New York.- By Vicki James Yiannias
The Fulbright Foundation in Greece, the oldest Fulbright Program in Europe and the second oldest continuously operating Program in the world, has enhanced Greek and American relationships since 1948, when it was established.
In the spirit of bi-nationalism that is central to the Fulbright Foundation, Fulbright grants have been awarded to approximately 5,000 Greeks and United States citizens in almost every field and discipline: the Arts, Humanities and Social Sciences, Business and Finance, Science and Technology, the Environment, Education, Media, and Government.
The Fulbright Foundation programs in Greece would not be possible without the financial support of the U.S. and Greek governments, and corporations, foundations, institutions, and individuals. Due to the current financial environment, however, it is extremely difficult for the Fulbright Foundation to secure funds for the award of its scholarships to deserving Greek and U.S. students, teachers, artists, and scholars, except through the generosity and philanthropy of donors who share common values and the belief in the importance of the advancement of education in Greece.
And for the future of Greece, there is something “beyond donations”, as well, says Artemis Zenetou, Executive Director of the Fulbright Foundation in Greece, “It is important to spread the word about GREECE as an educational destination….Fulbright Greece and opportunities for educational exchanges between the two countries….We need to utilize the academics of Greek origin who teach in U.S. universities, and highlight Greece/Fulbright as a great resource!”
In an interview with the GN Ms. Zenetou re-introduces the Greek American community to the Fulbright Foundation Program, the matchless opportunity for students, scholars, teachers and artists to study abroad though scholarships.
GN: Is the Fulbright Foundation placing special focus on finding solutions for problems Greece is experiencing during the economic crisis?
AZ: For the next three academic years, the Foundation will place emphasis on scholarship programs that have immediate impact for Greece. Currently Fulbright is making every effort to award short-term grants that will have immediate impact on the Greek educational system. Such as programs for: a) educators and b) scholars as these grants are for a shorter duration and participants, who have established careers and hold professional positions in universities, research centers and schools in Greece, return to the country to apply the expertise they have acquired and benefit from establishing international networks and linkages.
These two programs share common traits as they are both addressed to professionals and are of a short duration. These traits allow an “immediate” transfer of expertise to Greece to the benefit of the institutions, research output, students and pupils in a much-needed time.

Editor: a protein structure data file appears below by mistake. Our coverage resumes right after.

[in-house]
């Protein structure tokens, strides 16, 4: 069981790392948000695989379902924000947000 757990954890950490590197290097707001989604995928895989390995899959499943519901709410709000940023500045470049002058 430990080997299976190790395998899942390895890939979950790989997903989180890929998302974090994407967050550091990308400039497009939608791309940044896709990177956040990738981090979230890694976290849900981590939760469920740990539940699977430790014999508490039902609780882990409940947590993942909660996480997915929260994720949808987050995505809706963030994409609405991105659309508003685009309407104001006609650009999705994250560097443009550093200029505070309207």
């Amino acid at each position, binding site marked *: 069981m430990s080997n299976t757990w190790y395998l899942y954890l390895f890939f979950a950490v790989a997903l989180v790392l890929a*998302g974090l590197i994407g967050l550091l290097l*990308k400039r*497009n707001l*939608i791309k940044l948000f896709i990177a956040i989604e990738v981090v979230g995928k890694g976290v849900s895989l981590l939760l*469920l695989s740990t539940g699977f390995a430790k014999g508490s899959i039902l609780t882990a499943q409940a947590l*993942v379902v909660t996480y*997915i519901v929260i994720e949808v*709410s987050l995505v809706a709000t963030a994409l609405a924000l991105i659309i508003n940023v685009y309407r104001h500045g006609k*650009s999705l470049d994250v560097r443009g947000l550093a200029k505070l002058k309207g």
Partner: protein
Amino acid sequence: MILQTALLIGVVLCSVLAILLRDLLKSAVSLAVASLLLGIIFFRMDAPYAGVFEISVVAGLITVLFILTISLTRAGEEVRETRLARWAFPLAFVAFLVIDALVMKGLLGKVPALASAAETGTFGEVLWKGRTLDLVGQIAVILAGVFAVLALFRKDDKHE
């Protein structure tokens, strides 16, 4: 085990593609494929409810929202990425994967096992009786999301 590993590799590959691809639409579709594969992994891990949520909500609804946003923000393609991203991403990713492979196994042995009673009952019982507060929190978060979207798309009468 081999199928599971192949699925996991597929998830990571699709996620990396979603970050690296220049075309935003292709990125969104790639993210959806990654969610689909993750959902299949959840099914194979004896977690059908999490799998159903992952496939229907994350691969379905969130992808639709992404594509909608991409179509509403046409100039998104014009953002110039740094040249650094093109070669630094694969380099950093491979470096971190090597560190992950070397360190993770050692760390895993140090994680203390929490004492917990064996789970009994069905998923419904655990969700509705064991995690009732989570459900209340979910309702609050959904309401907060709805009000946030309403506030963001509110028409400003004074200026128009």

GN: Some Greek officials have praised the educational and cultural exchanges that Fulbright scholarships bring about.
AZ: Speaking about the educational and cultural exchanges between Greece and the United States, Antonis Samaras, the current Prime Minister of Greece recently said, “. . . Senator Fulbright saw ‘beyond the horizon’ of his time. He didn’t remedy the tensions of the Cold War. But he helped build a world, able to live and prosper despite great differences among nations. He helped build a necessary common context for the survival of mankind: a culture of coexistence, communication, understanding and mutual trust. Now the Cold War is over for 24 years. But the Senator’s vision is not outmoded. We probably need it now as much as we did 65 years ago….People are different. We cannot become the same. Probably, we should not become the same. But this is all the more a good reason to keep building bridges among ourselves.”
Similar sentiments have been expressed by other Greek officials. Athanassios Kyriazis Secretary General, Ministry of Education and Religious Affairs, for example, has noted, “Fulbright’s work is exemplary and makes everyone optimistic about the future; it is a solid Program that delivers results.”
GN: What keeps the Fulbright Foundation programs going?
AZ: The continuity and growth of programs offered through the Fulbright Foundation in Greece would not be possible without the support of the U.S. and Greek governments and the generosity and philanthropy of corporations, foundations, institutions and individuals.
Due to the current financial environment, however, it is extremely difficult for the Fulbright Foundation to secure funds. We are therefore reaching out to donors with whom we share common values and the belief in the importance of the advancement of education in Greece.